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Bangladesh Tragedy: Crushed Lives, Crashed Dreams

By Omar Rashid Chowdhury

25 April, 2013

Bangladesh stands petrified as an unprecedented horror unfolds in Savar, near the capital city Dhaka. In the morning of 24th of April, a nine-story building crashed down in Savar Bazaar. Thousands of garments workers were in the building. The death toll, till the composition of this article, was more than 175, with more than 1,000 injured, according to a Dhaka daily. Thousands are still trapped under the pile of rubble.

Deadliest of all such incidents in recent history, the crash site is now a jumbled pile of concrete. The situation worsens with the scorching heat. The challenge now is to rescue the survivors. The dead can wait for now. Time is running short and the death toll will rise with each passing day.

The building was not approved by the RAJUK, the authority for capital city development. Nonetheless it was there. On 23rd of April, it developed cracks in some pillars which were considered fatal and the building was ordered to remain closed until further scrutiny by experts from Bangladesh University of Technology (BUET). A number of garments factories were in the building. Though ordered by the Industrial Police to suspend all operations, the factory owners decided to continue it. So, the workers were forced to join despite their protest. They were chased with clubs to join work, according to a number of Dhaka dailies.

At around nine a.m. the whole structure collapsed in minutes. Around 4,000 workers were working inside the nine storied structure while the building sandwiched to a two-story height! A hell was created on earth!

What is it like to be buried alive? It is stygian dark, the air seems vacant and the debris all around press down so no movement is possible. But the worst part is when one realizes that there is no hope. No one is going to come. The memory of light slowly fades away, dehydration creeps in, heart beats slower, and then death comes and the victim can feel every painful second of it. And, that may be the situation now under that pile of concrete in Savar.

Facts surpass fictions. Above are hard facts, emotionless facts, faceless facts. More than 175 dead, thousands injured, all are facts. Crushed lives, crashed dreams, those are facts too! And those toiling bodies that now lie bloodied, mangled, devastated, crushed, cease now to be mere numbers! Hands that built are broken, faces that laughed are broken, legs that ran are broken, hearts that beat are broken.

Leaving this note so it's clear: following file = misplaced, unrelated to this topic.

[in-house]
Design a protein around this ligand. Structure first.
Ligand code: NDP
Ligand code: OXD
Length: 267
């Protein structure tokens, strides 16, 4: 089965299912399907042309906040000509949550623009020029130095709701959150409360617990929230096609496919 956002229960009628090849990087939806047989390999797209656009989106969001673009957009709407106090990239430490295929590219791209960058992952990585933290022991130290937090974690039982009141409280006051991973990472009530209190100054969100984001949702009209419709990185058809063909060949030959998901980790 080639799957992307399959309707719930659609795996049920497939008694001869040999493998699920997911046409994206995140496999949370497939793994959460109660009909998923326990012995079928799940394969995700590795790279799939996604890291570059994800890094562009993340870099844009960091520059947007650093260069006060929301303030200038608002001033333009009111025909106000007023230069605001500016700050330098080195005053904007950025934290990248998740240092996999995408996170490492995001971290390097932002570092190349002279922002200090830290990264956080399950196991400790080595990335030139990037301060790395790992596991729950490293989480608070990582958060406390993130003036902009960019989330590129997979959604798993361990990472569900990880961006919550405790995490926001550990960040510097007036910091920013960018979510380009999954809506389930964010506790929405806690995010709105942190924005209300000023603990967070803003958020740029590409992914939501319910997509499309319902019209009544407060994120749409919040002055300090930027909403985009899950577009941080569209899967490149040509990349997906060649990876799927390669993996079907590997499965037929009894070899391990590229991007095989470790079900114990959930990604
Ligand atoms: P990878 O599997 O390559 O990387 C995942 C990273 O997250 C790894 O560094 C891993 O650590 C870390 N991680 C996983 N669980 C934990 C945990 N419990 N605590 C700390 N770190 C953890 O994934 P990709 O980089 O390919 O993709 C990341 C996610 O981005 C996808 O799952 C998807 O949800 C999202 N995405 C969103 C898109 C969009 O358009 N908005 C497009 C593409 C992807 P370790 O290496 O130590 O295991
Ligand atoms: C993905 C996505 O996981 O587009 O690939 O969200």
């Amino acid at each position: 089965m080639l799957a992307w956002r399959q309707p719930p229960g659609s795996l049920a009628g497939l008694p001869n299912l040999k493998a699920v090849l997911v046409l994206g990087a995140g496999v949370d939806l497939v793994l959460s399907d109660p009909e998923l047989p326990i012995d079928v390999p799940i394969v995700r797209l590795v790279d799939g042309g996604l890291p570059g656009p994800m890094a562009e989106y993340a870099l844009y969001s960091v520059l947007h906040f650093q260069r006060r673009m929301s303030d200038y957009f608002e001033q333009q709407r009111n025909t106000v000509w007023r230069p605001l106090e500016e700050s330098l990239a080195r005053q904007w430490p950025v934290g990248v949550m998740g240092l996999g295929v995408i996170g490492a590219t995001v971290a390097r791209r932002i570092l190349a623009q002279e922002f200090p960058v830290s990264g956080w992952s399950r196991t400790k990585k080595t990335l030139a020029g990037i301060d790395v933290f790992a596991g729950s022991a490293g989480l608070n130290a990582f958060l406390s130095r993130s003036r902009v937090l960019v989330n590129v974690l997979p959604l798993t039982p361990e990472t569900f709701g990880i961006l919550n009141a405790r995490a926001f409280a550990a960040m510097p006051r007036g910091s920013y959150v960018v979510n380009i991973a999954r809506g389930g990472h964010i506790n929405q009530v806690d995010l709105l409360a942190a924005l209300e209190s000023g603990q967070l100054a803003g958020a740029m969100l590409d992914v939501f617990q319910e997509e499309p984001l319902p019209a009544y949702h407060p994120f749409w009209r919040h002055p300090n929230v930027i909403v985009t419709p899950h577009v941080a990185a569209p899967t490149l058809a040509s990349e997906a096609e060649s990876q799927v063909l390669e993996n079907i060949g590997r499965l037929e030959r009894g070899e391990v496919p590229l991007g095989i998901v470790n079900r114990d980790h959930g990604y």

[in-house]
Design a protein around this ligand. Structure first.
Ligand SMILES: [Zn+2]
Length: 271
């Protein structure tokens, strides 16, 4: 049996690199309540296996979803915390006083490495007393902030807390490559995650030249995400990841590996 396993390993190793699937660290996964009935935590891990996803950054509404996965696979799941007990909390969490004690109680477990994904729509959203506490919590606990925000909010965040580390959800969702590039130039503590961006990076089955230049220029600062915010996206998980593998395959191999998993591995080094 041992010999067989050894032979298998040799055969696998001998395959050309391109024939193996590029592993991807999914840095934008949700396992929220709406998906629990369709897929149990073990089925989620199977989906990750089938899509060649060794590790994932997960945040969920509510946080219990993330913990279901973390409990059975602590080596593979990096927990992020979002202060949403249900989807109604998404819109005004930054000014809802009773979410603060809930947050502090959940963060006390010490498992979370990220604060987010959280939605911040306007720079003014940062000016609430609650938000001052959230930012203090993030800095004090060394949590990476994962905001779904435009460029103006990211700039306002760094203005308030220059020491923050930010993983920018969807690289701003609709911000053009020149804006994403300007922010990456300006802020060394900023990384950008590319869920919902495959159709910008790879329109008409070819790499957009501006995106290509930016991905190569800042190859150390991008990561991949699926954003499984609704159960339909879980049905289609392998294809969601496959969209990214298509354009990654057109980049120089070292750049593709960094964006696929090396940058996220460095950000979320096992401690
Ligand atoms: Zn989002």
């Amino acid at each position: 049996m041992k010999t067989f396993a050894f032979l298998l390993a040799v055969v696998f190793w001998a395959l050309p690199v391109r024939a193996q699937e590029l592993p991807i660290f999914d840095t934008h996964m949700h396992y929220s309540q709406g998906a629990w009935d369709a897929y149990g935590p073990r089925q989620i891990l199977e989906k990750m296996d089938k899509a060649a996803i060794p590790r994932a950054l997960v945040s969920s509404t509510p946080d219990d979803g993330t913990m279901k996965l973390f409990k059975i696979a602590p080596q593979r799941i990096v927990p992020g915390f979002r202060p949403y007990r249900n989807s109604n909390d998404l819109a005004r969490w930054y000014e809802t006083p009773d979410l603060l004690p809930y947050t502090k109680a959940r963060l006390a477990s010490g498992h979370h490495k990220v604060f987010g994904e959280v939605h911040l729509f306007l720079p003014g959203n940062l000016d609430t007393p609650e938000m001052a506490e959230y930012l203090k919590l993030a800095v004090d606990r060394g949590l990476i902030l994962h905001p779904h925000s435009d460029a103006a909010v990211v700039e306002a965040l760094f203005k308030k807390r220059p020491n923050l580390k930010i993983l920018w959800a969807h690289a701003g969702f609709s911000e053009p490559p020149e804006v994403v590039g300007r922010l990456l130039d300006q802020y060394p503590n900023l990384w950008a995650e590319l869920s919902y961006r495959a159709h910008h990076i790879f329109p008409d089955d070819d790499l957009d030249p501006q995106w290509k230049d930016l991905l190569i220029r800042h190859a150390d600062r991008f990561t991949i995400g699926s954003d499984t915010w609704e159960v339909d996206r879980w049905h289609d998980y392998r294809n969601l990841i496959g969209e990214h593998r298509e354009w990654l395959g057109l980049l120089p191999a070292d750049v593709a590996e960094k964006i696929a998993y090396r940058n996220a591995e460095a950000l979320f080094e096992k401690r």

Those workers, they came to the city from villages. They came to Dhaka to earn a simple living, to support their families. They wanted to earn, they dreamed to break free from poverty, they dreamed their children to be educated, they desired to live like anyone else. And, now they can dream no more. The child who has lost his parents, the parents who have lost their child, the wife who has lost her husband, the husband who has lost his wife, they all had so many dreams. And now they are no more. They were cheated in life and now they have been cheated in death. And, all they wanted was to live decently.

Rescue operation is going on. The authorities say it may take two or three days. With a small mistake the whole situation can turn worse as the giant debris are precariously angled and risks unsettling with the slightest jolt. Oxygen and water has been supplied. As the dead pile up, the living stands in horror. Blame game is going on. Some are unable to comment and some are just out of reach. The nation mourns.

But haven’t we mourned enough? Haven’t we asked enough for explanations? Haven’t we cried enough for justice? Yet, why do those remain unanswered? Who will answer for the crushing of thousands of dreams? And, who will stand trial for the killing of hundreds of lives?

Lives of workers are the least costly of all commodities. The Savar crash incident stands gruesomely true to that fact. They were herded like sheep to work and they were slaughtered like sheep. The building housed garments factories and that was enough reason to keep them open despite warnings. The cruelty and injustice of it is just unacceptable to a humane, rational mind.

Or maybe those workers were simply expendable tools to create profit. Their labor was bought cheap and that in turn made their lives cheaper. Millions of such faces are out there and a profiteer need only just buy. The faces turn into nothingness, and their dreams go into oblivion and pounds of profit take their place. They are sold cheap, they work cheap and they die cheap! The individual is lost as they simply reduce to be numbers. Their names appear in news as they die in hundreds and thousands. Then they are forgotten. Maybe we just like it to be that way.

Shakila is searching for her son Idris among the debris. She came from Jamalpur as she heard the news. She points to a photo of her son as tears run down her cheeks and asks “Where is my Bazan (son)? Where have you gone? Will he survive two more days?” (The Daily Star). We do not know the answers to these questions. And maybe it’s time we should ask some questions. Maybe it’s time the rein of plunder-based profiteering is checked. May be it’s time to reclaim the right to a normal death.

(The author is a student of Civil Engineering, Bangladesh University of Engineering and Technology)




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